Snapshot – India is a country where the ancient meld seamlessly with the modern. Why should the car market be any different? The Indian car market plays host to a slew of cars, whose previous generation versions co-exist with the latest generations. Manufacturers often re-position older generation cars at lower price levels instead of withdrawing the older cars. CarToq takes a look at five such re-positioned, cut price cars that take affordability to an all new level.
Nissan Micra Active
Nissan facelifted the Micra hatchback last year. Promptly, the automaker re-positioned the pre-facelift Micra as a price warrior under the Micra Active brand. While the facelifted Micra offered both petrol and turbo diesel engines, the cut price model got a solitary petrol engine, in the form of the 1.2 liter-3 cylinder HR12DE motor. The Micra Active is priced between 4.19 lakh rupees and 4.79 lakh rupees. In contrast, the facelifted Micra Petrol starts from 4.9 lakh rupees. In the past months, Nissan was spotted testing a diesel variant of the Micra Active. Such a variant will further underscore the Micra Active hatchback range’s value proposition.
The Grand i10 hatchback is the Hyundai i10’s replacement. Instead of withdrawing the i10 from India, Hyundai chose to play the value pricing trick by repositioning the car as a more affordable alternate to folks looking for a well appointed, refined hatchback. The i10 now sits in between the Eon and the Grand i10, as Hyundai’s affordable hatchback that has an air of premium-ness about it, especially on the interiors front. With the repositioning, the i10 lose the 1.2 liter Kappa engine and now makes do with a 1.1 liter IRDE motor, with lower power and torque outputs of 68 Bhp and 99 Nm. Both petrol and LPG variants are on sale, with ex-showroom Delhi prices ranging from 3.99 lakh rupees to 4.7 lakh rupees.
Maruti Dzire Tour
While Maruti Suzuki gave the second generation Dzire the chop shop treatment, by reducing the length of the car to under 4 meters, the older Dzire was repositioned as a taxi only model. The bigger boot and longer length of the older Dzire worked in its favour, suiting the taxi market to a T. Sold only with the 1.3 liter Fiat Multijet turbo diesel engine, the Dzire Tour gets black bumpers, black wing mirrors and black door handles to ensure that it doesn’t step on the newer Dzire’s shoes. Also, the Dzire Tour is available in a single, white paint shade, further highlighting the taxi connection.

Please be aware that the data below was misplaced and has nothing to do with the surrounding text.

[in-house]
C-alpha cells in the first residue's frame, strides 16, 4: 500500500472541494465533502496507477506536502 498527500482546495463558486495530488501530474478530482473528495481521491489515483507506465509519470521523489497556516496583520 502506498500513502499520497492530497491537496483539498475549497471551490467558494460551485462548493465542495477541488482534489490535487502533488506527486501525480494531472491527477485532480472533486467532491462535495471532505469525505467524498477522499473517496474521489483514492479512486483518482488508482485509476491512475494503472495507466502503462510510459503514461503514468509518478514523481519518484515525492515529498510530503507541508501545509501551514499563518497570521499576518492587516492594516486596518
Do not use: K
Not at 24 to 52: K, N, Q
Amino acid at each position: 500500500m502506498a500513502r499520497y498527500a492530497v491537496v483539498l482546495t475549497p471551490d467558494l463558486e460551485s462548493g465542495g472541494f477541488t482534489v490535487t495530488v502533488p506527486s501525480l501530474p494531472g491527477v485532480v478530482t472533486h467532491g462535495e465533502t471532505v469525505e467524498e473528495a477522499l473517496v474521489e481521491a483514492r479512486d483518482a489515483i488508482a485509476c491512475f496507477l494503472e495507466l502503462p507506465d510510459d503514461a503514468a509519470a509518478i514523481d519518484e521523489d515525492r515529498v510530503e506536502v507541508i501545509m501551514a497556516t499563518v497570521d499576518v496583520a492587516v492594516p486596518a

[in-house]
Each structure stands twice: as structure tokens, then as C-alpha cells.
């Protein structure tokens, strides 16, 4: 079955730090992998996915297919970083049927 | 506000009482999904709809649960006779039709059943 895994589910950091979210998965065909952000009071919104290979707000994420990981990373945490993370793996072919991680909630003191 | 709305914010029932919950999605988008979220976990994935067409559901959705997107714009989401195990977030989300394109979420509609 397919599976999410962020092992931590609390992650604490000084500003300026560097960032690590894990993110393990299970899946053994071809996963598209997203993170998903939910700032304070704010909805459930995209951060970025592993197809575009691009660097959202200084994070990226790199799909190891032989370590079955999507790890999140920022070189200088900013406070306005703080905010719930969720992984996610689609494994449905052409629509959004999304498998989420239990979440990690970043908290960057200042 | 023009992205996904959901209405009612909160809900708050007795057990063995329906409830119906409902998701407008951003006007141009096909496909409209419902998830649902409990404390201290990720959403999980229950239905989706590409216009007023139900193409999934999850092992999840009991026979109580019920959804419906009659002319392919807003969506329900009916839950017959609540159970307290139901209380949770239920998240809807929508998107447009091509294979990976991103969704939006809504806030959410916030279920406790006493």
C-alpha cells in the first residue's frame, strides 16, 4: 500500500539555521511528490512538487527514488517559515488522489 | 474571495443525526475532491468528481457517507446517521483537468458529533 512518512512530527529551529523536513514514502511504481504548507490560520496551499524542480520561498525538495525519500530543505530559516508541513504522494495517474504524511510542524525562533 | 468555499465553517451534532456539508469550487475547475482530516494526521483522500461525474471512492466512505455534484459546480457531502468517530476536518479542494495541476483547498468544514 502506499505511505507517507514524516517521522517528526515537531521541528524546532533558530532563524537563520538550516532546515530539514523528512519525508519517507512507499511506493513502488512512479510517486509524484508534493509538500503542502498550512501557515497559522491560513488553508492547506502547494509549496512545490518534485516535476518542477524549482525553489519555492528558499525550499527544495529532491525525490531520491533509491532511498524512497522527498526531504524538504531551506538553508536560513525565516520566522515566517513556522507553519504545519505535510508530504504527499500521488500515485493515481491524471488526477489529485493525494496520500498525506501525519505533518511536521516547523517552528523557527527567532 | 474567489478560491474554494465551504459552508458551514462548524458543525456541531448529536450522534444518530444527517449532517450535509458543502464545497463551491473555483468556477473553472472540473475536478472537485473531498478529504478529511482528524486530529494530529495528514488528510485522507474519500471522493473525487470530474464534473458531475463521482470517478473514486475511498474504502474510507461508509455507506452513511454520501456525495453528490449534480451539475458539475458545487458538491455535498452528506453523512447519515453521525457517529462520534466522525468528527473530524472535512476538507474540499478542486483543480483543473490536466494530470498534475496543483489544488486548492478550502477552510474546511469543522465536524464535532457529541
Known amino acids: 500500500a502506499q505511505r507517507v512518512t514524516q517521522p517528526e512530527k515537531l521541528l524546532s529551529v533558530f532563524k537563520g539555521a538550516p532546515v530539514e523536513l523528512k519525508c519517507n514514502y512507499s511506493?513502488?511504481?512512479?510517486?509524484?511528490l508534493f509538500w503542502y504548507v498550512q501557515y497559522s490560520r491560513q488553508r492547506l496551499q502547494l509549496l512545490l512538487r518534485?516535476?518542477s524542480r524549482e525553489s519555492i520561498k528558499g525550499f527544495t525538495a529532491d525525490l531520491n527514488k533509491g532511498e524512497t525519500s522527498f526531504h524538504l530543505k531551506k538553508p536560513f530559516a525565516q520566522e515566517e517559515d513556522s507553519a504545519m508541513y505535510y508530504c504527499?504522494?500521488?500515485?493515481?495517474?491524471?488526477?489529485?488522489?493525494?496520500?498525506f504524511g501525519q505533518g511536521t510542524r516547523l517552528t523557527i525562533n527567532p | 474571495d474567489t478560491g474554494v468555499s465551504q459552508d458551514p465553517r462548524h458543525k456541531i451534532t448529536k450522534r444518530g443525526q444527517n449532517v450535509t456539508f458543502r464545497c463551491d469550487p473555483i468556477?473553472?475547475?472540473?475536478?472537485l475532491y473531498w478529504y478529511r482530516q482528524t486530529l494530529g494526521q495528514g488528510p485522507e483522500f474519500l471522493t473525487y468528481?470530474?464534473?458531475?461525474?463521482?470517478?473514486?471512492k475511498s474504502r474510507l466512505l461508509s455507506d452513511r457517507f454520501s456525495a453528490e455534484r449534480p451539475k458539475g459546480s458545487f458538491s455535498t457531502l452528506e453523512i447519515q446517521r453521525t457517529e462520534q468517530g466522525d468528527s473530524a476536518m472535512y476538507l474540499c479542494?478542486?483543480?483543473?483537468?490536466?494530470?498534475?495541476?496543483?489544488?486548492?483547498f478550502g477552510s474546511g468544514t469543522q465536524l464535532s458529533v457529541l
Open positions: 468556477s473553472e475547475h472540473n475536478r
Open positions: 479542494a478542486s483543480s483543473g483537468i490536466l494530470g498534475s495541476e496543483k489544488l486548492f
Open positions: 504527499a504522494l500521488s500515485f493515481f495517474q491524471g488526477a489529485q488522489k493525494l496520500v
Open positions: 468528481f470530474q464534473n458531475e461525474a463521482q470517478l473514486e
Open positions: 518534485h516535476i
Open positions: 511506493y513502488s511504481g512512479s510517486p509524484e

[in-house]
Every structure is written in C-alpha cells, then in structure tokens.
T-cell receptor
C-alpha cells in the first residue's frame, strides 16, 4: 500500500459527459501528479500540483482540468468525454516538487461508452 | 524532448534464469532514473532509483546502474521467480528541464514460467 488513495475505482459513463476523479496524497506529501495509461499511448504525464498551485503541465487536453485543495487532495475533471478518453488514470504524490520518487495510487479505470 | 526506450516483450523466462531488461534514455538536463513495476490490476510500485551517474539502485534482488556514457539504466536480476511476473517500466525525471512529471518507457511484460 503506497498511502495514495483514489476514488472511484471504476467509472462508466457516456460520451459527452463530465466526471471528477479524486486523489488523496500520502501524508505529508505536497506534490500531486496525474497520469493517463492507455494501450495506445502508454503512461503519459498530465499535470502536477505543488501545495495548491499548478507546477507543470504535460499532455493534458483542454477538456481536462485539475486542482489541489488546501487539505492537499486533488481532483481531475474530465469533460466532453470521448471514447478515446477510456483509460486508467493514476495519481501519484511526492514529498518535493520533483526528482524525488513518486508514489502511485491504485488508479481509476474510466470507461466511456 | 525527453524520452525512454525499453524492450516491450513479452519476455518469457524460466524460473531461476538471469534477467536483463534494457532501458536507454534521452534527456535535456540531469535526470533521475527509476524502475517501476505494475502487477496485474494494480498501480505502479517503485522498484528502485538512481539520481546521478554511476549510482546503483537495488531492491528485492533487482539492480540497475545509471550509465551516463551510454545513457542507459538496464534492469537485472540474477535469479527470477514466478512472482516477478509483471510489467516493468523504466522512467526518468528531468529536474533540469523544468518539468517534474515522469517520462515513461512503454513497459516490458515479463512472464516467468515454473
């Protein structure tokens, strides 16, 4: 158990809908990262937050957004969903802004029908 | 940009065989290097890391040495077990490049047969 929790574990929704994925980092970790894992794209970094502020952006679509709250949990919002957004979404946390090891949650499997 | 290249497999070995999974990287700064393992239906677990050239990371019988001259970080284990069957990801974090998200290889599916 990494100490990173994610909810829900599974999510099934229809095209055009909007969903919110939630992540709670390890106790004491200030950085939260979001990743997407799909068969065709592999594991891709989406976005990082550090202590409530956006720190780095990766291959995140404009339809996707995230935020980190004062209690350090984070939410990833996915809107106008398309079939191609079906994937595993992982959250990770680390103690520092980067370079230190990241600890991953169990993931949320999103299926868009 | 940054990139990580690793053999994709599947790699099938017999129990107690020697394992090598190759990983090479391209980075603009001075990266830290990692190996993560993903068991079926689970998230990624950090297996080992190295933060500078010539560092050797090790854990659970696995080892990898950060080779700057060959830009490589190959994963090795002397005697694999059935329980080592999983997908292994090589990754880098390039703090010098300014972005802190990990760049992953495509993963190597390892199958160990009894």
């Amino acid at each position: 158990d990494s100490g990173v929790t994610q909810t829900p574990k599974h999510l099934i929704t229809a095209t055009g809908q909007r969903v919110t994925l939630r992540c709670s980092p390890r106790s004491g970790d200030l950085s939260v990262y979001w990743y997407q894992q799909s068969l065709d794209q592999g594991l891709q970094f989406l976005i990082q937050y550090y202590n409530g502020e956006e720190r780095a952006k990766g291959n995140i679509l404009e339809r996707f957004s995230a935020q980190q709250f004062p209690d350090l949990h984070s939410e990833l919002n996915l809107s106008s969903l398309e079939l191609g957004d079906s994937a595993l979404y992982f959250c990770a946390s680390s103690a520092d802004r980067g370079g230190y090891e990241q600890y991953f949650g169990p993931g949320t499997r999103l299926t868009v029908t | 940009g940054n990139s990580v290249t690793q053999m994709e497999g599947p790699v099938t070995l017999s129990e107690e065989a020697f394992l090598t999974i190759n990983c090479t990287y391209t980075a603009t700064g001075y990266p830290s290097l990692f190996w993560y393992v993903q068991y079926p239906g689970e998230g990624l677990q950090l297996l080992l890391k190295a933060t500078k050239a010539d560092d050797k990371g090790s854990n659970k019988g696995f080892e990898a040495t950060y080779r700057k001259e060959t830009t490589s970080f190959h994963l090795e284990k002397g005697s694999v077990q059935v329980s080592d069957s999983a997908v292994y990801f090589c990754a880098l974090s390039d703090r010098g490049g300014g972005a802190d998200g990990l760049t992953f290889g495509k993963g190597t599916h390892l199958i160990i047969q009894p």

With the advent of the all-new Fiesta sedan based on Ford’s B-Car platform, the older Fiesta sedan – based on the European Fiesta platform – was driven down the price range with a major re-positioning. The re-positioning saw Ford use interiors from the Figo, while the 1.6 liter Duratec petrol and 1.4 liter TDCI turbo diesel engines were retained. With these changes, the Fiesta transformed into the Classic, which at 4.99 lakh rupees for the base petrol variant is one of the most affordable fun-to-drive car that money can buy in India. Ford’s new happy pocket service schemes that start at 2,199 rupees also mean that the Ford Classic is also affordable to maintain.
Fiat Linea Classic
While the Fiesta re-positioning called for a generational change, a similar affair just necessitated a facelift in case of the Fiat Linea. The Linea Facelift’s arrival saw Fiat pushing down the pre-facelift model in terms of pricing to spawn the Linea Classic. Available with 1.4 liter naturally aspirated petrol and 1.3 liter Multijet turbo diesel engine options, the Linea Classic now starts at an affordable 5.91 lakh rupees, which is more than a lakh rupees cheaper than the facelifted model. Smaller wheels and feature deletions are the other changes on the Linea Classic, which thankfully retains its tank like build. For those on a budget seeking timeless Italian lines, the Linea Classic in diesel guise, still holds a quaint appeal.